Molecular epidemiologic studies of North American and other hantaviruses 
indicate that evolution takes place rather quickly.  My guess is that if 
there was a hantavirus at Chaco Canyon, it isn't there any longer.  However, 
it would not be unlikely that a near relative of that virus still persists. 
I would be delighted to trap rodents at Chaco Canyon, Canyon de Chelly, 
Betatakin, Hovenweep, and Keet Seel and see what is there in the way of 
hantaviruses.  I know that CDC did a serologic survey in National Parks 
after the 1993 experience but I do not have in front of me the details as to 
which areas were tested.  Should anyone ask, I will be in the truck in a 
matter of hours.

7. The 1993 outbreak might have been a new recognition but hantaviruses are 
not new to the Americas.  The deer mouse does not occur in certain areas 
where hantaviruses have been found and in which human disease has been known 
to occur.  Therefore, not all North American hantaviruses are carried by 
deer mice.  Hantaviruses have been isolated or evidence for their presence 
has been obtained in Brazil, Argentina, Bolivia, Costa Rica, Mexico, etc. 
 These things likely have been around a long time and it was only the small 
epidemic burst that brought our attention to them.  Retrospective diagnoses 
from frozen materials indicate that people have been
dying of hantavirus infections in the U.S. since at least 1959.  Why not 
since 1259?

But does this mean that the people cleared out of Chacho Canyon because of a 
hantavirus epidemic?  Given that there does not seem to be human-to-human 
transmission, this is unlikely.  The mortality rate of Sin Nombre virus in 
rodents is zero but the mortality rate in humans is about 50%.  A case here 
and there might not have been noticed as a pattern in an early culture.

8. I do not understand the question by Carucci regarding the pattern of 
death, panic, and abandonment that might have occurred at Chaco.  I would be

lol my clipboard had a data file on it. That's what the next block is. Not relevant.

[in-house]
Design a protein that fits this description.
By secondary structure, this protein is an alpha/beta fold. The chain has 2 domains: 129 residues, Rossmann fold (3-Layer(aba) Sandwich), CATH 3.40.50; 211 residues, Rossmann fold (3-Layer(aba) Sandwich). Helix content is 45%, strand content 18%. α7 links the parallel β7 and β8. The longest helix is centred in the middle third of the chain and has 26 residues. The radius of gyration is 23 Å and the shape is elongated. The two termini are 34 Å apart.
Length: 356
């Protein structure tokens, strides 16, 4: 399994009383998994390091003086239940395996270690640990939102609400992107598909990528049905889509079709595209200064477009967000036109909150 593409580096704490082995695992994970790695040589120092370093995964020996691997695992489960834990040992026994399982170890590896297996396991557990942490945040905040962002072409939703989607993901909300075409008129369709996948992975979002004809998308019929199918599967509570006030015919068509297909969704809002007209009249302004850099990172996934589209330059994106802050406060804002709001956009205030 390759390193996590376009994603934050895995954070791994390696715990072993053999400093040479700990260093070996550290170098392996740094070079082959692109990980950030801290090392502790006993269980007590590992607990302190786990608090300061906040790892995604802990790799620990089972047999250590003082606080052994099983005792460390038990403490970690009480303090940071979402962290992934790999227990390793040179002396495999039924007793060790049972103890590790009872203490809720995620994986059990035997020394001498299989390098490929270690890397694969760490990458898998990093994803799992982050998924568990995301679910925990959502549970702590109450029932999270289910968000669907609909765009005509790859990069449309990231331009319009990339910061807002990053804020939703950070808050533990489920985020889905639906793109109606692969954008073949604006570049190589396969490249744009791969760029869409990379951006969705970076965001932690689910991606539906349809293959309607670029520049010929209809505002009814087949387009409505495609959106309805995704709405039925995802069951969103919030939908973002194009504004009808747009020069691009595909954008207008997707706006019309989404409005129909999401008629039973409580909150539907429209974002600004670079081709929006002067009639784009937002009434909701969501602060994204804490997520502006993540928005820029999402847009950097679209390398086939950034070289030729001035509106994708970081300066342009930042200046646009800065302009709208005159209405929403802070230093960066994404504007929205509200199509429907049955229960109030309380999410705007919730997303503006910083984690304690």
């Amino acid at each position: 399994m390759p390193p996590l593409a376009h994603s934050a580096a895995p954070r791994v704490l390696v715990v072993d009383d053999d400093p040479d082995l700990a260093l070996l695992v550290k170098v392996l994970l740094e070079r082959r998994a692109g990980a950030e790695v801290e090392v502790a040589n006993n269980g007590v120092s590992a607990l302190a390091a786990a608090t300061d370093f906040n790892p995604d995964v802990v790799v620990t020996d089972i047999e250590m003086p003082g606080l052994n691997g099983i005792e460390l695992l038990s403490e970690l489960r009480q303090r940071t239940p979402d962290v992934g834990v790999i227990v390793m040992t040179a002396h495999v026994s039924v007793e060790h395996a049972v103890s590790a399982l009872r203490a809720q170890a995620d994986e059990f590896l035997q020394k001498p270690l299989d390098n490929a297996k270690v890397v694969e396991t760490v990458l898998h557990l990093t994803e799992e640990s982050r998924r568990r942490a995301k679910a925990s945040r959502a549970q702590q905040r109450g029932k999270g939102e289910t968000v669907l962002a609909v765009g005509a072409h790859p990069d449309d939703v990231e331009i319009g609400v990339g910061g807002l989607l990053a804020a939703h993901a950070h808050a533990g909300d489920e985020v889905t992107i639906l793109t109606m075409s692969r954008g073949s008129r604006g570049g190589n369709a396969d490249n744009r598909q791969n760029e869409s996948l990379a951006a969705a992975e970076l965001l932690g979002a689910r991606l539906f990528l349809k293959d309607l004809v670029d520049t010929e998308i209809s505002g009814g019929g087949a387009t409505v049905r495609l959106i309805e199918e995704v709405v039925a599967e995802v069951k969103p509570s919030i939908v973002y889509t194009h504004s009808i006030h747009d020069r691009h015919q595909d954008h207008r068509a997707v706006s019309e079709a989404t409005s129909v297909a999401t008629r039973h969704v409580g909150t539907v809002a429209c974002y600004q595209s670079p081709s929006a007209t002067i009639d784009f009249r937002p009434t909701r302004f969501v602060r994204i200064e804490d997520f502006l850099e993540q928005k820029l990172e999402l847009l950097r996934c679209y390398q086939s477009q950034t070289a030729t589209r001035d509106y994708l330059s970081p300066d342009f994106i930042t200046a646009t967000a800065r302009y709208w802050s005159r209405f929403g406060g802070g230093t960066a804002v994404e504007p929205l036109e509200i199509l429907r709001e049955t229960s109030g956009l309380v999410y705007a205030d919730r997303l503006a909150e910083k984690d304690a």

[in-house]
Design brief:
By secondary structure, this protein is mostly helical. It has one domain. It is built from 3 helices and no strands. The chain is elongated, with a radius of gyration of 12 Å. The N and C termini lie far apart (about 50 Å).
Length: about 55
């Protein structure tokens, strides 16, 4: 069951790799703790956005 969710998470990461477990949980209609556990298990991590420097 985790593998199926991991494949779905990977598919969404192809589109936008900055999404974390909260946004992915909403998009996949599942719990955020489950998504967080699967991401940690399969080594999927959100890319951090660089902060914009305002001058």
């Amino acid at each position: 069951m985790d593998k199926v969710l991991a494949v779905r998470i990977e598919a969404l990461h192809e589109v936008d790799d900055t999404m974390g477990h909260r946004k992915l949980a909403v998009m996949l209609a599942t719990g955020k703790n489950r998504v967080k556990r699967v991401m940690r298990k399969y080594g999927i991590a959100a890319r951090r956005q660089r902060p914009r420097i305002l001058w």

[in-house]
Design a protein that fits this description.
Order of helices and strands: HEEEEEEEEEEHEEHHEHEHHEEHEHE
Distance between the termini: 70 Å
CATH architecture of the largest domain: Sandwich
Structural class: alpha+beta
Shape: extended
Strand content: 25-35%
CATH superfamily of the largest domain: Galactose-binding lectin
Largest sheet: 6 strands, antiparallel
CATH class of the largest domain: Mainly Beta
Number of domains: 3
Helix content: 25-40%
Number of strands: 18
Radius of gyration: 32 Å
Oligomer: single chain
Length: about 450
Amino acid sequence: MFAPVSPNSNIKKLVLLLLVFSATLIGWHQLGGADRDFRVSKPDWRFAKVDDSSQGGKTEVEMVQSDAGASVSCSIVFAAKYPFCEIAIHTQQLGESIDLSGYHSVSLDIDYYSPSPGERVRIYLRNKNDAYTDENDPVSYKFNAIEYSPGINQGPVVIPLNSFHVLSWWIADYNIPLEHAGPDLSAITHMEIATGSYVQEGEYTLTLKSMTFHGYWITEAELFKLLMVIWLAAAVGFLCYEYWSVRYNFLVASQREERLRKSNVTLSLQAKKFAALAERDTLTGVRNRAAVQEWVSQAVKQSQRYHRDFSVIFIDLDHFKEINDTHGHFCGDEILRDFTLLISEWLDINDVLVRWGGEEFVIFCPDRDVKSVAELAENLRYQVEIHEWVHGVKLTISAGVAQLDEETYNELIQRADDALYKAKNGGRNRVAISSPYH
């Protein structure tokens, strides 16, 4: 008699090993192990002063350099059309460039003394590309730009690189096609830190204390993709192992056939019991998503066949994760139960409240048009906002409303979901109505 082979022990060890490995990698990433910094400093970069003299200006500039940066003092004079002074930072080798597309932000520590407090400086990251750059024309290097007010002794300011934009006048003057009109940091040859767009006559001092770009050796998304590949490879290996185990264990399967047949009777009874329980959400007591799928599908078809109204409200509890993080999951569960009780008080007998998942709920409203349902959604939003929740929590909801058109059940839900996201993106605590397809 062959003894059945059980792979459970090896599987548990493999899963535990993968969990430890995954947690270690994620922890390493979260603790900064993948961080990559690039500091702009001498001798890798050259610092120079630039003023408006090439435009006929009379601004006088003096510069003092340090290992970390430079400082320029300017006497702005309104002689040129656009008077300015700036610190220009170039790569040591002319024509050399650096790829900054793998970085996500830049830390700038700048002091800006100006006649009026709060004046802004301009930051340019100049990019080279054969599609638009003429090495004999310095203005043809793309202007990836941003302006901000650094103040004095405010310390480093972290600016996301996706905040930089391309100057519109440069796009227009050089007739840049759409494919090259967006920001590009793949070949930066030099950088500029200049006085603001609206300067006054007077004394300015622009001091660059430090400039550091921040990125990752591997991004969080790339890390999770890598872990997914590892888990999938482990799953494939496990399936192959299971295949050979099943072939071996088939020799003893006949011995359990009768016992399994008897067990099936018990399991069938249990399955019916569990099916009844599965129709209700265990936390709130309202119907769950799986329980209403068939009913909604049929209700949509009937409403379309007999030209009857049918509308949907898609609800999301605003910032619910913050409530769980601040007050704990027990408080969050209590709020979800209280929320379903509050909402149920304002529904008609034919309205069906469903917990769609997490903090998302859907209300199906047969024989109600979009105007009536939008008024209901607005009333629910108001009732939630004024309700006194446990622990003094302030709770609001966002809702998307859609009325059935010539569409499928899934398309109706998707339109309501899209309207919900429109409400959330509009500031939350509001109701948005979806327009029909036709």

grateful if someone could tell me whether there are "burned pithouses with 
human remains, and rapidly abandoned pueblos with bodies in some rooms, corn 
and beans still stored in others".  My understanding is that the Chacoans 
left rather quickly but that whereas they did leave some corn, beans, pots, 
and other small items, they did not leave behind burned bodies and there is 
no evidence of a large human die-off at that time.

9. As for Richard Currit's comment about Navajo verbal admonitions, I wish I 
could see some book written in 1200 by a Navajo.  There being none, all we 
have to go on are what people say has been said.  I have a hard time with 
such "data".  Indeed, how do we know that anyone says anything any time, 
without a publication of some sort?  Nonetheless, I have "heard" that Navajo 
shamans had suggested keeping house and food storage areas clean and free of 
mice or "it will take your breath away".  I have also "heard" that Navajos 
believe heavy rains lead to pneumonia. Tough to trace this back 

I do go on, don't I?  Sorry.  This response should be enough to get Nancy 
kicked off the Archaeology List.

For anyone who would like more information about hantaviruses: let me know 
and I will either provide it or, if I cannot, send you to a person who can. 
If anyone has any publications reporting ancient wisdom of the Navajos, of 
course, please let me know.

Finally, don't stick your nose in any dusty places.

Charles H. Calisher, Ph.D.
Professor, Department of Microbiology
Arthropod-borne and Infectious Diseases Laboratory Foothills Campus
Colorado State University
Fort Collins, Colorado 80523
TEL: (970) 491-8604